CSFG

Giving Writers a Hand

Guest post by Nicole Murphy

One of the great things about being a speculative fiction writer in Australia is the speculative fiction community and the way it supports and encourages writers of all levels.

Here in Canberra, there’s a couple of opportunities for people interested in writing spec fic to gather with others and not only talk writing, publishing, industry, but do courses, workshops and become better writers.

CSFG was established in 2000 and since then has grown to be one of the most active and interesting writing groups in Australia. Whether you write short stories or novels, there’s a part of the group that can help you write and polish your work. The monthly members’ meetings go into various types of writing craft and industry talk with sessions on things such as characterisation, self-publishing, robots and even writing sex scenes. (Ed: Go explore the website to find out more!)

The annual Conflux Science Fiction Convention is another opportunity for writers in Canberra. 9837 Conflux 10 LogoWriters from all over Australia converge to join in panels and discussions about writing, industry and our love of everything spec fic. There’s writing workshops and the opportunity to meet and pitch to editors. As a result of last year’s Conflux, a Canberra writer has signed with Angry Robot Books, one of the most famous publishers in the industry.

Then there’s the two brand new events happening this year which will make Canberra the focus of the speculative fiction publishing industry in Australia.

On Saturday April 5, Canberra hosts the 2013 Aurealis Awards Ceremony. The Aurealis Awards areAurealis Awards Australia’s premier jury judged speculative fiction awards. The awards cover childrens fiction; young adult; horror, science fiction and fantasy (both short stories and novels); graphic novels and anthologies and collections. Tickets for this event are on sale now at www.aurealisawards.com so if you want to come, make sure you book. You could find yourself rubbing shoulders with some of the biggest names in the industry.

To take advantage of everyone being in town, during the day on Saturday we’ll be holding the inaugural Conflux Writer’s Day. This is all about craft, publishing, industry. The theme of the day is9837-Conflux-writers_blk ‘The Writer’s Journey’ and it will be explored through the subthemes of ‘Writing Skills’, ‘Writing Processes’, ‘Submitting and Publishing’ and ‘Building a career’.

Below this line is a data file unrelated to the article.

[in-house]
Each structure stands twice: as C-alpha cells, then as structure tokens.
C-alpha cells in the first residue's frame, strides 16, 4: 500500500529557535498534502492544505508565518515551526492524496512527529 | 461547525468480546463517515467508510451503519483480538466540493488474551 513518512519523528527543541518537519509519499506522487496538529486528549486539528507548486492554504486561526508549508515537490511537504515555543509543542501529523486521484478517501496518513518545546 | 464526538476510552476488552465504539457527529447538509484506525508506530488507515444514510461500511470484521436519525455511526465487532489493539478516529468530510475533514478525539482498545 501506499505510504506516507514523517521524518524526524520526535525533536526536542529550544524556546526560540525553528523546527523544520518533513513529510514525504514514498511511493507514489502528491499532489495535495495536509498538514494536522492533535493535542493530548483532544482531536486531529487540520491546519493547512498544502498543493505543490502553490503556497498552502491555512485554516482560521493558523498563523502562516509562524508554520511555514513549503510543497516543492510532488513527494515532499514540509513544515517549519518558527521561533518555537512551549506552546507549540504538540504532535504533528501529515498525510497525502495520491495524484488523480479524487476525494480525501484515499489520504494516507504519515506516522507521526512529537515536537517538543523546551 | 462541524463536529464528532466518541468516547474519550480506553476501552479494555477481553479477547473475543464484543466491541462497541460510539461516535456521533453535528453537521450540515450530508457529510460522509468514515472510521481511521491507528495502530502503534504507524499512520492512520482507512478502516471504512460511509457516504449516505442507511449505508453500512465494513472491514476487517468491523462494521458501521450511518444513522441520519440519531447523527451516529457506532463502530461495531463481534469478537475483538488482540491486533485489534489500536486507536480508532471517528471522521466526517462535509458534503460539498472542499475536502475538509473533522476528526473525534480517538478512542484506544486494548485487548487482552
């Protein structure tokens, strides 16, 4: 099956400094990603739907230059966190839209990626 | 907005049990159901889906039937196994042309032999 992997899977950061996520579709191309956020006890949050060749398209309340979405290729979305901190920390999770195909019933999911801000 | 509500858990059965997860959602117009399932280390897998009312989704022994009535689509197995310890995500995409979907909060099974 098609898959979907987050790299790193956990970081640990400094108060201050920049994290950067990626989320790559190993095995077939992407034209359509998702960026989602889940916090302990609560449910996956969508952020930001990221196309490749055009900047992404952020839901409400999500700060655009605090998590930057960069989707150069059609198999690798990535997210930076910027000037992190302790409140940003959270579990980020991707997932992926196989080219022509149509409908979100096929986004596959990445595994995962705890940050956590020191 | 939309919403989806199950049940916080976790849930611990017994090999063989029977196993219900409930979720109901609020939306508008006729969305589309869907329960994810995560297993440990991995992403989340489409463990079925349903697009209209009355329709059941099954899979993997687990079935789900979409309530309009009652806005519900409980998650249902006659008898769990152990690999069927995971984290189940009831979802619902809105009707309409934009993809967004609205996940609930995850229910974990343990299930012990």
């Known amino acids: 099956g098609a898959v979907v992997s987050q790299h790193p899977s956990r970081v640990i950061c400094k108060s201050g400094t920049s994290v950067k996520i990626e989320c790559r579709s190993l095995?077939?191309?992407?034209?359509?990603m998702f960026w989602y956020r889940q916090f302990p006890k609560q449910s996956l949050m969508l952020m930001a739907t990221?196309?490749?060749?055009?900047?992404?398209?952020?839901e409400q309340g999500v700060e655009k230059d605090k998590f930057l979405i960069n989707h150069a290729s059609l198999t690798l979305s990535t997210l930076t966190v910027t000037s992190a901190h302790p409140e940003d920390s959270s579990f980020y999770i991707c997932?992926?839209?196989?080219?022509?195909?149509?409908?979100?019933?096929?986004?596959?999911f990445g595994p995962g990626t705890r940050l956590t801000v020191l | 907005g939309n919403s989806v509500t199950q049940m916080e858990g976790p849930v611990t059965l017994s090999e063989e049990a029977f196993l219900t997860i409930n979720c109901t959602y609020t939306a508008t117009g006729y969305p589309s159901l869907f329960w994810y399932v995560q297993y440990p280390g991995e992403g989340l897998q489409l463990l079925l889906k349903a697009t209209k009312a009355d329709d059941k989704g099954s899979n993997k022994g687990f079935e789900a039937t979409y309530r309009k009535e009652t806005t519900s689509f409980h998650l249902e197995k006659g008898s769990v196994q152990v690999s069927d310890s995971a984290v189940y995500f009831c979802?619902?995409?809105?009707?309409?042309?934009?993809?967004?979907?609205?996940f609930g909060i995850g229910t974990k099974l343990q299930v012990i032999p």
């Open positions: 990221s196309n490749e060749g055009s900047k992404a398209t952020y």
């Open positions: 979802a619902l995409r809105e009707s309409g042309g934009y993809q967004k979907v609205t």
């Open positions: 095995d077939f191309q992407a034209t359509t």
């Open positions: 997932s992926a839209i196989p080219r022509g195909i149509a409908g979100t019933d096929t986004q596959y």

Presentations will be given by some extremely successful and experienced writers and editors. Topics to be covered include: The six inevitable mistakes of first-time writers; You are not alone: the power of writing relationships; Character motivation: getting away with murder; From verisimilitude to value adding: enhancing your fiction with research; Planning your writing business; Building an online presence: social media for authors and The secret of survival.

Our four keynote presenters are Ditmar Award winning author Joanne Anderton (Building Working Worlds from Weird Ideas); Shirley Jackson Award winning author Kaaron Warren (Using the Minutes When You Don’t Have the Hours); Aurealis Award winning author Ian McHugh (Rejectomancy and the Dark Art of Getting Your Stories Published) and New York Times besteller Keri Arthur (The Career Path of a New York Times Bestseller).

And because we love the ACT Writer’s Centre so much, members will receive a discount to attend! Register at www.conflux.org.au

Payback is a big thing in the Australian speculative fiction community. Everyone who has reached some level of success has had a helping hand along the way and its important to everyone that help gets passed on.

In a formal way, a lot of us teach workshops, at conventions and at writer’s centres. Here in Canberra, not only do I teach the Year of the Novel courses at the ACT Writer’s Centre, but people like Gillian Polack, Ian McHugh, Alan Baxter and Rik Lagarto give workshops on lots of aspects of the craft. At the conventions, professionals like World Fantasy Award winner Jack Dann and bestseller Karen Miller give workshops, sometimes for free but always at very reduced prices.

Informally, a lot of action happens in the bar at a convention. People meet, catch up, share their war stories and cry into a scotch over the latest unfairness. So at any of these events you’ll find people like publishing powerhouse Trudi Canavan, literary giant Margo Lanagan, multiple bestseller Sean Williams or editrix extraordinaire Stephanie Smith willing to chat, give advice, tell you that you’re doing well and encouraging you to keep it up. Everyone is very approachable, and they want to help you.

Because we all know that the success of every Australian author means a greater chance of success for the rest of us.

So if you’re interested in writing science fiction, fantasy or horror, come along to one of these events and become part of the gang.

 

This article originally appeared in the March 2014 edition of ACTWrite, the magazine of the ACT Writers Centre. If the Conflux Writer’s Day interests you, check out these posts on The Elements of Novels by Chris Andrews, on using technology to help your writing by Marcus Amann and on Step 2 by Ian McHugh.

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